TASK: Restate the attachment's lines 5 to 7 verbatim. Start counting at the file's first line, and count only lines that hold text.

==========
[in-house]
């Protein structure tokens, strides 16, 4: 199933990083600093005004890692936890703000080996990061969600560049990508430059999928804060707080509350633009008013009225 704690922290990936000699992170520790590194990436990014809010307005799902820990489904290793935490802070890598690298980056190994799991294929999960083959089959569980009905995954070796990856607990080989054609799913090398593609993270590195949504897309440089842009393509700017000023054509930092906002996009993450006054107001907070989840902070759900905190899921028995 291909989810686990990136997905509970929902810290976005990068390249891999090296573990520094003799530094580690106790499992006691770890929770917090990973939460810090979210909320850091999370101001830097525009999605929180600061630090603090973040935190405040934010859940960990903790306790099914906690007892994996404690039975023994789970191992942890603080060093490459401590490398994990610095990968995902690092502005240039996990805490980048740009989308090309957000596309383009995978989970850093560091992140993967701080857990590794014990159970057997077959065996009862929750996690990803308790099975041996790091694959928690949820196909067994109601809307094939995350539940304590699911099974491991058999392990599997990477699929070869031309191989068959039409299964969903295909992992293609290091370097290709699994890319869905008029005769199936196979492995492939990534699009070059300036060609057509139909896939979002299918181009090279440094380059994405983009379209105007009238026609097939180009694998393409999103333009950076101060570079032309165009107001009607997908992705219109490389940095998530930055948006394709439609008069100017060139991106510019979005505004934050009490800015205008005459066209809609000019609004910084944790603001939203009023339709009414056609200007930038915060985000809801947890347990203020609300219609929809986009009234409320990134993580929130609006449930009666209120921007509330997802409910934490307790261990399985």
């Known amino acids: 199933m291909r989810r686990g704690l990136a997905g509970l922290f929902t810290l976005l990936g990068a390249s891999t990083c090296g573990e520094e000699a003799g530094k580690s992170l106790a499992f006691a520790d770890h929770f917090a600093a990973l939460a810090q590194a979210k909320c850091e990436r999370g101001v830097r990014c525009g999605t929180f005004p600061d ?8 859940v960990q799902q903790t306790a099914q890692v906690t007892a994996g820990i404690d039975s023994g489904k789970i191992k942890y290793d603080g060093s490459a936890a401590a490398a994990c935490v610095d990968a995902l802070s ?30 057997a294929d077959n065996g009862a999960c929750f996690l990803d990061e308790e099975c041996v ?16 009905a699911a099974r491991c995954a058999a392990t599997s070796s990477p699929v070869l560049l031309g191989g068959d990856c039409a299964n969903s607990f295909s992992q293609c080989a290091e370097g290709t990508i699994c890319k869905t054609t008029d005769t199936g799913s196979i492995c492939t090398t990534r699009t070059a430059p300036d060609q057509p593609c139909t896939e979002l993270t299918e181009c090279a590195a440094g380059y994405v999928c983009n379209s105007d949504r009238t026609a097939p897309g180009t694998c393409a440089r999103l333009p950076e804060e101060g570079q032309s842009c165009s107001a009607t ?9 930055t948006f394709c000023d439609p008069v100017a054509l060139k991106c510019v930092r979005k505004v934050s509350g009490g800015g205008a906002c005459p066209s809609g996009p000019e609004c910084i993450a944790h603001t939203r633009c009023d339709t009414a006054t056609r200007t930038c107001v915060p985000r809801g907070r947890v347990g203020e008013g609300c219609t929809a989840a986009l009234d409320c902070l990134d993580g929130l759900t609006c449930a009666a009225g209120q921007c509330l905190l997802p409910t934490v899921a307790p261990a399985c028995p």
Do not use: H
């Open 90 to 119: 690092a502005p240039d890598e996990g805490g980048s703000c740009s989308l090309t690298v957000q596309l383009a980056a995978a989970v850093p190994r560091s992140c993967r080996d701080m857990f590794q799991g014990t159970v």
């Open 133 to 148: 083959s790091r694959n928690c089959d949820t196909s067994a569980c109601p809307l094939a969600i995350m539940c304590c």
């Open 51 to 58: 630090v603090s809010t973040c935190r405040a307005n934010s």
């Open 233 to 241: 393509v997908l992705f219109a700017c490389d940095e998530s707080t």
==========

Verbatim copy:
């Open 90 to 119: 690092a502005p240039d890598e996990g805490g980048s703000c740009s989308l090309t690298v957000q596309l383009a980056a995978a989970v850093p190994r560091s992140c993967r080996d701080m857990f590794q799991g014990t159970v």
């Open 133 to 148: 083959s790091r694959n928690c089959d949820t196909s067994a569980c109601p809307l094939a969600i995350m539940c304590c």
């Open 51 to 58: 630090v603090s809010t973040c935190r405040a307005n934010s």